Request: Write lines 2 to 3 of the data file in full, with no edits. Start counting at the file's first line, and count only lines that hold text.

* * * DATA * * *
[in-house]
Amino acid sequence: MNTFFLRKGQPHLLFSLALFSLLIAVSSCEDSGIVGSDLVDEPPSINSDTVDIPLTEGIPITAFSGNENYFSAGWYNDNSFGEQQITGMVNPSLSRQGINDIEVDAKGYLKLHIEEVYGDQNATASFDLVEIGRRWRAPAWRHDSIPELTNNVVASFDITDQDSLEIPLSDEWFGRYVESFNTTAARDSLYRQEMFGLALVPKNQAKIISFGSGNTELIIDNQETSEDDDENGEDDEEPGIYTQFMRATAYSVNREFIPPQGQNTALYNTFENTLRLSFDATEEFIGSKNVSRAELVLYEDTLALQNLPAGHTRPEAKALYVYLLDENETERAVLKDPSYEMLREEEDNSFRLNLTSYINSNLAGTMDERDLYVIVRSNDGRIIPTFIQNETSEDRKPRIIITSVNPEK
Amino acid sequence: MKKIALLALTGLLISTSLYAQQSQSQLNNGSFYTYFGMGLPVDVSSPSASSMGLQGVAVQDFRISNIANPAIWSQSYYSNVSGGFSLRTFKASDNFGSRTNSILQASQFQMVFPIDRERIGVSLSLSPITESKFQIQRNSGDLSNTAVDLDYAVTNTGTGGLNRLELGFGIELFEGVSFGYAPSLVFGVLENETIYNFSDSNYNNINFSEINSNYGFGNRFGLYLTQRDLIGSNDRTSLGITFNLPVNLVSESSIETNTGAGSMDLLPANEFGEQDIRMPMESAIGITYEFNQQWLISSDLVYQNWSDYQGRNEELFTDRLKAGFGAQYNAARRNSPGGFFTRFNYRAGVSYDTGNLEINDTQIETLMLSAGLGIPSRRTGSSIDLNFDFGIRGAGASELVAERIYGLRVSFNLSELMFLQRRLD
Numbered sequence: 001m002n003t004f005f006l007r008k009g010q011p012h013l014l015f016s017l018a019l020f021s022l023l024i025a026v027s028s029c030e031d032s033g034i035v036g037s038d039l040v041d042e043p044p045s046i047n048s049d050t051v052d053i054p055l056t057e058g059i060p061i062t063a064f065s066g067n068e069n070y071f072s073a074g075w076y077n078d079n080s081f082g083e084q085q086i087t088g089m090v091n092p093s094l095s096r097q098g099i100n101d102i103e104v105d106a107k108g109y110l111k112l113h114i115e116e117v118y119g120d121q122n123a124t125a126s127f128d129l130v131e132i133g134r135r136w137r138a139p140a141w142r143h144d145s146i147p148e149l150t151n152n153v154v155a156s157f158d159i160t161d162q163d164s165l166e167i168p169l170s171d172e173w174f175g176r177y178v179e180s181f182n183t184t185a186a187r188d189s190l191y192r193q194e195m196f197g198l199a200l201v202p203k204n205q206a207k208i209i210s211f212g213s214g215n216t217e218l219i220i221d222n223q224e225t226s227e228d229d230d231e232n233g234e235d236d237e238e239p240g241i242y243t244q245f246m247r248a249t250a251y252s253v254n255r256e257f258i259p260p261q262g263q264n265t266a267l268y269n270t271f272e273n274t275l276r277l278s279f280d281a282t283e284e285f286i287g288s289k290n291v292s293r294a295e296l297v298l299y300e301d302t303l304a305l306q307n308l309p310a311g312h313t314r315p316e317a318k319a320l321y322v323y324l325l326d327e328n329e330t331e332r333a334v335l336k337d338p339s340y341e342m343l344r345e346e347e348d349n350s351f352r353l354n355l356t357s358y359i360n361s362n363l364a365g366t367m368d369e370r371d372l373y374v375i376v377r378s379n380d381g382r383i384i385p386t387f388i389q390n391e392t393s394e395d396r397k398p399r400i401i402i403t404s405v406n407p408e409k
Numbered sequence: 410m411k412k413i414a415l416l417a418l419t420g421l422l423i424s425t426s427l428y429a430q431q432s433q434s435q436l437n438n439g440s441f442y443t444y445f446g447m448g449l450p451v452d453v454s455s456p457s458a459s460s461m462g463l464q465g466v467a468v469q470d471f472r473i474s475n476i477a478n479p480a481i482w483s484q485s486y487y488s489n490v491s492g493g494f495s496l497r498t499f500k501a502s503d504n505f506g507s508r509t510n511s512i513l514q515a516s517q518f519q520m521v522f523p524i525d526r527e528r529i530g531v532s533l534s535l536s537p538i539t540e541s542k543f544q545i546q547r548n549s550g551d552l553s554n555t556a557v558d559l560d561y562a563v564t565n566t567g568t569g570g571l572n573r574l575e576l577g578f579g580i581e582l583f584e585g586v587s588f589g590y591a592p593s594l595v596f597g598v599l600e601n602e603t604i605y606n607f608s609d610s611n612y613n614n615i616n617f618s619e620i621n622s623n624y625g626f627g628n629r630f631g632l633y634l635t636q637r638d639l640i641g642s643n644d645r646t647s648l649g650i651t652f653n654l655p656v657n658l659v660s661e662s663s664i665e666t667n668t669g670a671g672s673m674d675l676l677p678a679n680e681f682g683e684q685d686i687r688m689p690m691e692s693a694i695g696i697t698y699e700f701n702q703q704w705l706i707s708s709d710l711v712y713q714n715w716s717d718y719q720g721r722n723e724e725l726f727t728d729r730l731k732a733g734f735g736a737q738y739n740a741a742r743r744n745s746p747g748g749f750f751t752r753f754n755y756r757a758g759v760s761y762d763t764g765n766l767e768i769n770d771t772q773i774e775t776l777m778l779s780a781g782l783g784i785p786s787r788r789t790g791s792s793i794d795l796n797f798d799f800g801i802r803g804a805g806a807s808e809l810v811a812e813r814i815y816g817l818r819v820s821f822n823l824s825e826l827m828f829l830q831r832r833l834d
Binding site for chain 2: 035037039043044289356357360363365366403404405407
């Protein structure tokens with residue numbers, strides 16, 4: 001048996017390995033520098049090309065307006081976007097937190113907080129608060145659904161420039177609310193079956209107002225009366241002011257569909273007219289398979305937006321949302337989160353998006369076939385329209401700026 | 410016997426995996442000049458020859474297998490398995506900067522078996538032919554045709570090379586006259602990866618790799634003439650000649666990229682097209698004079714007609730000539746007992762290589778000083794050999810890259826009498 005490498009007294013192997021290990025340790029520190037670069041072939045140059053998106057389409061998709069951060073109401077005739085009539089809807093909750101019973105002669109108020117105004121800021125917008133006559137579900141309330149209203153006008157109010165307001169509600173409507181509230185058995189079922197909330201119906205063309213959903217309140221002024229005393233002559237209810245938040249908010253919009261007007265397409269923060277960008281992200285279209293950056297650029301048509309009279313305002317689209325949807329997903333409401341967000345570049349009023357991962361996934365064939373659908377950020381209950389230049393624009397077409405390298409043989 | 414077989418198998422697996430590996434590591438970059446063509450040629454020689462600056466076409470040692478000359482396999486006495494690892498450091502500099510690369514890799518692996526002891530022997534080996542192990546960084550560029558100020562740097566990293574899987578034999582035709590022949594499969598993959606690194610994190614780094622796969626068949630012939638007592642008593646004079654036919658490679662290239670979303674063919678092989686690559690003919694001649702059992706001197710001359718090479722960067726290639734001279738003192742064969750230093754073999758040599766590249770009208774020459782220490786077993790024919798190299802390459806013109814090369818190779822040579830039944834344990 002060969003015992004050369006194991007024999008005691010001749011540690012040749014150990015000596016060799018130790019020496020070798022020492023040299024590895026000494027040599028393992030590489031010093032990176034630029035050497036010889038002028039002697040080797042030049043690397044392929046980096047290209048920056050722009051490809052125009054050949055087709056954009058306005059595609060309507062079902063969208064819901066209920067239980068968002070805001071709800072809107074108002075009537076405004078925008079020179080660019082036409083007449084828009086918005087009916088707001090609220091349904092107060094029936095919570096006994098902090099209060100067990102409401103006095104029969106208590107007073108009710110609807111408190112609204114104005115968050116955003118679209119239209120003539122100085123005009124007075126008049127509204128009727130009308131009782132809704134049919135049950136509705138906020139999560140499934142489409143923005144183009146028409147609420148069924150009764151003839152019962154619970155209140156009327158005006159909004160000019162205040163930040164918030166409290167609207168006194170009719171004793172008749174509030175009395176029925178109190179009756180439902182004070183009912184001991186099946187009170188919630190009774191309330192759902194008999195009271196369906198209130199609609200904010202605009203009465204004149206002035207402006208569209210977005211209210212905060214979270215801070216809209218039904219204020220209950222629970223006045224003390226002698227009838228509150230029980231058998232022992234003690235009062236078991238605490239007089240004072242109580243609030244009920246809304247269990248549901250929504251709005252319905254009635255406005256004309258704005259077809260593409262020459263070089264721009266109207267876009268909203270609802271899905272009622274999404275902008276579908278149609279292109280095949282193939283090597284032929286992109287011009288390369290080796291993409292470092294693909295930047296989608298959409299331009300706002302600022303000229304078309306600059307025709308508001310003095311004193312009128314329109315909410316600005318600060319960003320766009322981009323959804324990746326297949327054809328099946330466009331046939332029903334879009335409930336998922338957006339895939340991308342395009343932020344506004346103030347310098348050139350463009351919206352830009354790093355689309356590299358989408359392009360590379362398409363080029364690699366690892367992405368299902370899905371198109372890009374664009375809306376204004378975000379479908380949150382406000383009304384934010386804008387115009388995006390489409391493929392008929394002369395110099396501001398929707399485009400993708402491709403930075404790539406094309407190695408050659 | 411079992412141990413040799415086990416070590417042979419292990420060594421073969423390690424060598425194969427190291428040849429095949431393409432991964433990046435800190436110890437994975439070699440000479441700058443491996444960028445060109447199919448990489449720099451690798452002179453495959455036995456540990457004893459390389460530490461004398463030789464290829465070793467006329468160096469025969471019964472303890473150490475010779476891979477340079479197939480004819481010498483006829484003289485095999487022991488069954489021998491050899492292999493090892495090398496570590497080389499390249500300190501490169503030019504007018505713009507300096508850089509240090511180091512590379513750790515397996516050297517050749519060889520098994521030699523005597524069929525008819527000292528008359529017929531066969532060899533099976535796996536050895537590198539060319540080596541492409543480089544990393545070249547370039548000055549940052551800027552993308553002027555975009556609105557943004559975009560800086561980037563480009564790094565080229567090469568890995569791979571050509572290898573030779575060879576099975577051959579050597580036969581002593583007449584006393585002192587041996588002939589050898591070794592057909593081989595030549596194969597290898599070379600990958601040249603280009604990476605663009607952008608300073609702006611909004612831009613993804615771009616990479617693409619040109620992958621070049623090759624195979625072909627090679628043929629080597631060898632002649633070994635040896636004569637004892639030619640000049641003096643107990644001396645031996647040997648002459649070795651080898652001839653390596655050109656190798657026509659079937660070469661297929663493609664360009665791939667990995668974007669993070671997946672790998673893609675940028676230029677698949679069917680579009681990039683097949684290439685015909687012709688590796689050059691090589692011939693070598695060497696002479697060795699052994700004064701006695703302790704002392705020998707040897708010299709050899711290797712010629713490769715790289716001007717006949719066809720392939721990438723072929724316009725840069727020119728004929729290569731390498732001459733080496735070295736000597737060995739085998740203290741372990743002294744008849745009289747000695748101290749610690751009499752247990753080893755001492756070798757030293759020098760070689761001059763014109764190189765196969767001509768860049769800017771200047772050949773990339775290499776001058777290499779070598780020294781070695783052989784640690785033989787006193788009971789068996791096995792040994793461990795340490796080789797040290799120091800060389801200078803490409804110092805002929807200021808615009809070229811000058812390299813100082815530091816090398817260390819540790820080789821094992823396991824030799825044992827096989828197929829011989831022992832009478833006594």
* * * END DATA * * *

Amino acid sequence: MNTFFLRKGQPHLLFSLALFSLLIAVSSCEDSGIVGSDLVDEPPSINSDTVDIPLTEGIPITAFSGNENYFSAGWYNDNSFGEQQITGMVNPSLSRQGINDIEVDAKGYLKLHIEEVYGDQNATASFDLVEIGRRWRAPAWRHDSIPELTNNVVASFDITDQDSLEIPLSDEWFGRYVESFNTTAARDSLYRQEMFGLALVPKNQAKIISFGSGNTELIIDNQETSEDDDENGEDDEEPGIYTQFMRATAYSVNREFIPPQGQNTALYNTFENTLRLSFDATEEFIGSKNVSRAELVLYEDTLALQNLPAGHTRPEAKALYVYLLDENETERAVLKDPSYEMLREEEDNSFRLNLTSYINSNLAGTMDERDLYVIVRSNDGRIIPTFIQNETSEDRKPRIIITSVNPEK
Amino acid sequence: MKKIALLALTGLLISTSLYAQQSQSQLNNGSFYTYFGMGLPVDVSSPSASSMGLQGVAVQDFRISNIANPAIWSQSYYSNVSGGFSLRTFKASDNFGSRTNSILQASQFQMVFPIDRERIGVSLSLSPITESKFQIQRNSGDLSNTAVDLDYAVTNTGTGGLNRLELGFGIELFEGVSFGYAPSLVFGVLENETIYNFSDSNYNNINFSEINSNYGFGNRFGLYLTQRDLIGSNDRTSLGITFNLPVNLVSESSIETNTGAGSMDLLPANEFGEQDIRMPMESAIGITYEFNQQWLISSDLVYQNWSDYQGRNEELFTDRLKAGFGAQYNAARRNSPGGFFTRFNYRAGVSYDTGNLEINDTQIETLMLSAGLGIPSRRTGSSIDLNFDFGIRGAGASELVAERIYGLRVSFNLSELMFLQRRLD